It’s Time We Make Contesting Ideas As Easy As Sharing Them
Being tolerant doesn’t mean that we enable (or accept) intolerance on the platform, services, or tools we build
Recently I’ve been disheartened by some postings on Medium which are full of half-truths, innuendo, and even blatant lies meant to distort reality and undermine civil society. This type of content is no longer hidden in the dark creases of the Web. Increasingly we’re seeing it leapfrog into and proliferate across social and publishing platforms.
I want to be clear: this isn’t about restricting speech. We need more speech, not less—whether it is counter to our ideas or not. What I’m talking about here is content which is being created specifically to deceive or misinform. In the past this content was on the fringe. It was marginalized or kept off the field of play by gatekeepers (#oldmedia) who served the role of refereeing (#editors, #fact-checkers) distortions.
However, I’m not arguing that we should take these types of legacy mechanisms and force their application here. Rather, what I am saying is as new models emerge, we should imagine new ways for these open publishing platforms to think about, and more importantly, have a process for how these sort of refereeing functions are performed in newer spaces of expression.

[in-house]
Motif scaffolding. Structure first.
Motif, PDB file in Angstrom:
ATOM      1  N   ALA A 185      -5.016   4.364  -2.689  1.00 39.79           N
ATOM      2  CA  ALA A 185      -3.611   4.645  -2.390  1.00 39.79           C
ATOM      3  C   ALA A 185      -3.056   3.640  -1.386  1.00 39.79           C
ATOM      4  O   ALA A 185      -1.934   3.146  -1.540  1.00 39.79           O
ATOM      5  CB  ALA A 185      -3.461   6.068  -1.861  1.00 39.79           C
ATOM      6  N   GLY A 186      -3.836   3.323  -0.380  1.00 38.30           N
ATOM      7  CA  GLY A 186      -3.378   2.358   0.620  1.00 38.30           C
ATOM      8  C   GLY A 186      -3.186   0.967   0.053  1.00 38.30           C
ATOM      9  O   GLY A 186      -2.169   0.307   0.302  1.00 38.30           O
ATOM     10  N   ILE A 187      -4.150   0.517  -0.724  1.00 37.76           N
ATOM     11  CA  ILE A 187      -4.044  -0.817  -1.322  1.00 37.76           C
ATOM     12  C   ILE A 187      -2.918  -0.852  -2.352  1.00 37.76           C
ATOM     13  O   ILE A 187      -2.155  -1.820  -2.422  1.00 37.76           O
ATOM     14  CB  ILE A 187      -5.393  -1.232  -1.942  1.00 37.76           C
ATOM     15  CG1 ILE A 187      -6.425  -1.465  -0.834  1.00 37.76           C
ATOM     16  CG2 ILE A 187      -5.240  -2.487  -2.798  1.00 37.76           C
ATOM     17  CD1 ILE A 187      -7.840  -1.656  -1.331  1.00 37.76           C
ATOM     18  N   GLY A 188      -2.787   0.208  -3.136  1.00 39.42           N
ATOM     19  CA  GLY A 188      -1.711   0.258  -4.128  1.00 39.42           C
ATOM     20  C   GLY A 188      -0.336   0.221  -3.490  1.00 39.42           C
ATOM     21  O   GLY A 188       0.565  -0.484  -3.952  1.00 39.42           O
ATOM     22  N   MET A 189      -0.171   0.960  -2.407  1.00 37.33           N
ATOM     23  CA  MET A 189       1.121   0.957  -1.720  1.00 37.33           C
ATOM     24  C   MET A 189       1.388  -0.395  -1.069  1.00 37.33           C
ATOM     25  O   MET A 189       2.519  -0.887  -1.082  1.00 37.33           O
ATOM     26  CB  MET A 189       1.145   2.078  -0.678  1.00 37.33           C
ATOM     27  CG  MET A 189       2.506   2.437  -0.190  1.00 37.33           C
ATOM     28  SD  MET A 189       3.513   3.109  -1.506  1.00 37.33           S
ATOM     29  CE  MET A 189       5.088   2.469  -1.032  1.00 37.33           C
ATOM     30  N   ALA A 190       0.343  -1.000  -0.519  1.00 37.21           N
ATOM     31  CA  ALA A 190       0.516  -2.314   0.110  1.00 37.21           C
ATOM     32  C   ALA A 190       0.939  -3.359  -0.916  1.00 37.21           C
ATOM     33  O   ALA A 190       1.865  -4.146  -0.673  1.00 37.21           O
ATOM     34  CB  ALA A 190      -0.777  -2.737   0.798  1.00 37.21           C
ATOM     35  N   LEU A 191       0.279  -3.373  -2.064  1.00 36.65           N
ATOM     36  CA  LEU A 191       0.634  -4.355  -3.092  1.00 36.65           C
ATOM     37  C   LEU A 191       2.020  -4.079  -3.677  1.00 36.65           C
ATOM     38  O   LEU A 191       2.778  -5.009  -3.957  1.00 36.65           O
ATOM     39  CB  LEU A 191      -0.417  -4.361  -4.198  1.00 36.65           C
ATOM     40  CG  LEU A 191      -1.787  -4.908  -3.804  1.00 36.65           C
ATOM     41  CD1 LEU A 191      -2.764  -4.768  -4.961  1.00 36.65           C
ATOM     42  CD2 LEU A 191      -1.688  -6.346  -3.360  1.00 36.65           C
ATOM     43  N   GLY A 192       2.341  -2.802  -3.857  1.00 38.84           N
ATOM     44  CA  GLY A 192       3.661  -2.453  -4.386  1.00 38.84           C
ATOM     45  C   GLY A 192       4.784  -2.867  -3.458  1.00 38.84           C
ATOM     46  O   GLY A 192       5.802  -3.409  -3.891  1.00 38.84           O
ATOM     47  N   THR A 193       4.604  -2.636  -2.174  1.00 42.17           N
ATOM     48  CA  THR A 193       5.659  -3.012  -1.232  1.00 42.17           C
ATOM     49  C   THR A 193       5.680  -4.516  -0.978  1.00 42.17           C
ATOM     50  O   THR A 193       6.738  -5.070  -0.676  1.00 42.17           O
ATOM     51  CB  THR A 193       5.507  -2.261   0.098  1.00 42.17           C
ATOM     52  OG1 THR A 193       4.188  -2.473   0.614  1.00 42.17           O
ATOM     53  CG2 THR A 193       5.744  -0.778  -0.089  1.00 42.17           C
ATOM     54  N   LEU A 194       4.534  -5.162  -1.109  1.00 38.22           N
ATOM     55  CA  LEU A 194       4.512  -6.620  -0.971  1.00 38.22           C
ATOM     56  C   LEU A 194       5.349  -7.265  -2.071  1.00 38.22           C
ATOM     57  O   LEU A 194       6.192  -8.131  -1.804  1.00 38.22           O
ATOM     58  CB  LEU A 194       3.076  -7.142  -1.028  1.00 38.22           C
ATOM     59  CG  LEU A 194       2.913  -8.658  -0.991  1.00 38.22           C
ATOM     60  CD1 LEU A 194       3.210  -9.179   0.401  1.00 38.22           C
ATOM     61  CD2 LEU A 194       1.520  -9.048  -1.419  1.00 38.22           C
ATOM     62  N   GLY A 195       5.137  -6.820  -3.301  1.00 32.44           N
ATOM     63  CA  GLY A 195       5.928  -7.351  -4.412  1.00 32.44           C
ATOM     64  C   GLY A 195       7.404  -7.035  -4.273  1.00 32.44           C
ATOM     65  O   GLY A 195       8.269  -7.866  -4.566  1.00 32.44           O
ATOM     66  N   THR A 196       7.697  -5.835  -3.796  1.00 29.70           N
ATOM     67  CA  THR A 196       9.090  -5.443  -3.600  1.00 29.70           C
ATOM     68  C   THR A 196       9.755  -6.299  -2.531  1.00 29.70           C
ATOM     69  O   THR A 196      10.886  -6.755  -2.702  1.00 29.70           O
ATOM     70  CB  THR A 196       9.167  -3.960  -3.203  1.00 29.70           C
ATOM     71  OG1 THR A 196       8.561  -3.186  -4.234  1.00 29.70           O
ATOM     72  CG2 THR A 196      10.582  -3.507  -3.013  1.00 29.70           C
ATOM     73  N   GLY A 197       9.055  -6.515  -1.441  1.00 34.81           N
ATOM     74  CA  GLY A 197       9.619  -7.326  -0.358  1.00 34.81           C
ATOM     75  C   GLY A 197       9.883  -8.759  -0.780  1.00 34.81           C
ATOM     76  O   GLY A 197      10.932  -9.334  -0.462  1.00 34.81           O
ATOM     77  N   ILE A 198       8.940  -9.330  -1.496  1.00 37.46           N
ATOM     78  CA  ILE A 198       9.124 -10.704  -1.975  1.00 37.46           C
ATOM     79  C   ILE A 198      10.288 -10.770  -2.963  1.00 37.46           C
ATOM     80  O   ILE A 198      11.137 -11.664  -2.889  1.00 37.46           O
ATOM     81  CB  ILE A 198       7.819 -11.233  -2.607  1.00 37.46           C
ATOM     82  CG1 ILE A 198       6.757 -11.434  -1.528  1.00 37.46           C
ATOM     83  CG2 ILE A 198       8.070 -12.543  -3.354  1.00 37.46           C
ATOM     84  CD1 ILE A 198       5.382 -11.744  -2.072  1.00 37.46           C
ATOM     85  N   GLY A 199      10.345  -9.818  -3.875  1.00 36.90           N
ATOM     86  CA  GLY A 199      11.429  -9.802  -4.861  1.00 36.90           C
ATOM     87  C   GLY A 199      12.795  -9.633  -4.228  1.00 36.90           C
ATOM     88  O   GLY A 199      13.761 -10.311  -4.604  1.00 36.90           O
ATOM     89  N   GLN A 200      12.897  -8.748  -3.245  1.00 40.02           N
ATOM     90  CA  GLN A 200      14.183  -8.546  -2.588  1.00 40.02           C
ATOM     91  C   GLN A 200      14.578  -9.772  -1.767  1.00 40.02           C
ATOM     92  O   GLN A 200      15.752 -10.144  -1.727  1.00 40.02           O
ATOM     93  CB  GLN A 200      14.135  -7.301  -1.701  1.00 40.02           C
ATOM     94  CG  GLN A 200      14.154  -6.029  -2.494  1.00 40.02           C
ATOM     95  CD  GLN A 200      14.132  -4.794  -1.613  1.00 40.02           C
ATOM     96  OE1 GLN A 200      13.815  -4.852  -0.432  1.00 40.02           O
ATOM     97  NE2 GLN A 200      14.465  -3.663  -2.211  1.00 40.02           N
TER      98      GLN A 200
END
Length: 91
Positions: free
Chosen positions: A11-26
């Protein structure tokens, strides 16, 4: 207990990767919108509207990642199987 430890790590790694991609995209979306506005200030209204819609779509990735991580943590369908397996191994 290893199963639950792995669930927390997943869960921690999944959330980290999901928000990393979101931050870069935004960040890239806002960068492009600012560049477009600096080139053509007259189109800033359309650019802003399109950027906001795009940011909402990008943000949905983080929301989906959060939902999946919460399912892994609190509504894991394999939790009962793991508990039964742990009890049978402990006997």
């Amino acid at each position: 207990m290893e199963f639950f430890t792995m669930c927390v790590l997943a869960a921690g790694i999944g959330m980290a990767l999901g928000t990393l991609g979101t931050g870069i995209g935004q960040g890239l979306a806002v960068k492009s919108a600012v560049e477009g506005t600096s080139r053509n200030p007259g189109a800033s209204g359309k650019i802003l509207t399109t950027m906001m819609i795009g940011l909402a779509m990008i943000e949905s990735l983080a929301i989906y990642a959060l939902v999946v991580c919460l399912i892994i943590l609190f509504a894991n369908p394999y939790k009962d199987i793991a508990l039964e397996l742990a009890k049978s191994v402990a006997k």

As technologists we spent a great deal of time creating mechanisms and tools to make content more shareable in order to make our product and services more promotable. So as Medium—and others—work to become a new type of publishing platform I’d suggest also focusing on how to make it just as easy to confront questionable stories as it is to share/promote them.
Let’s move beyond the private action of flagging or in Medium’s case “Report Story.” It’s time to enable a wide range of ways to contest stories, so just as you can heart or like a post on a platform you should be able to visibly “challenge” the claims of an article. And just as you can highlight a passage on Medium you agree with, you should be able to “dispute” passages as well (consider extending the ability to highlight by being able to include a citation link).
Ultimately, the burden of facts should lay to bear on the author, not just the audience. Just because you can publish something on the Web, doesn’t mean you should. Nor does it mean that it should go unchallenged. We should allow for—in fact, foster—the contesting of ideas out in the open, on the page next to disinformation, not simply buried in comments, disconnected in unlinked posts, or hidden away in a platform moderator’s queue.
It’s time we bring debate and accountability tools to the forefront of publishing, just as we brought sharing tools.
Originally published as a series of tweets: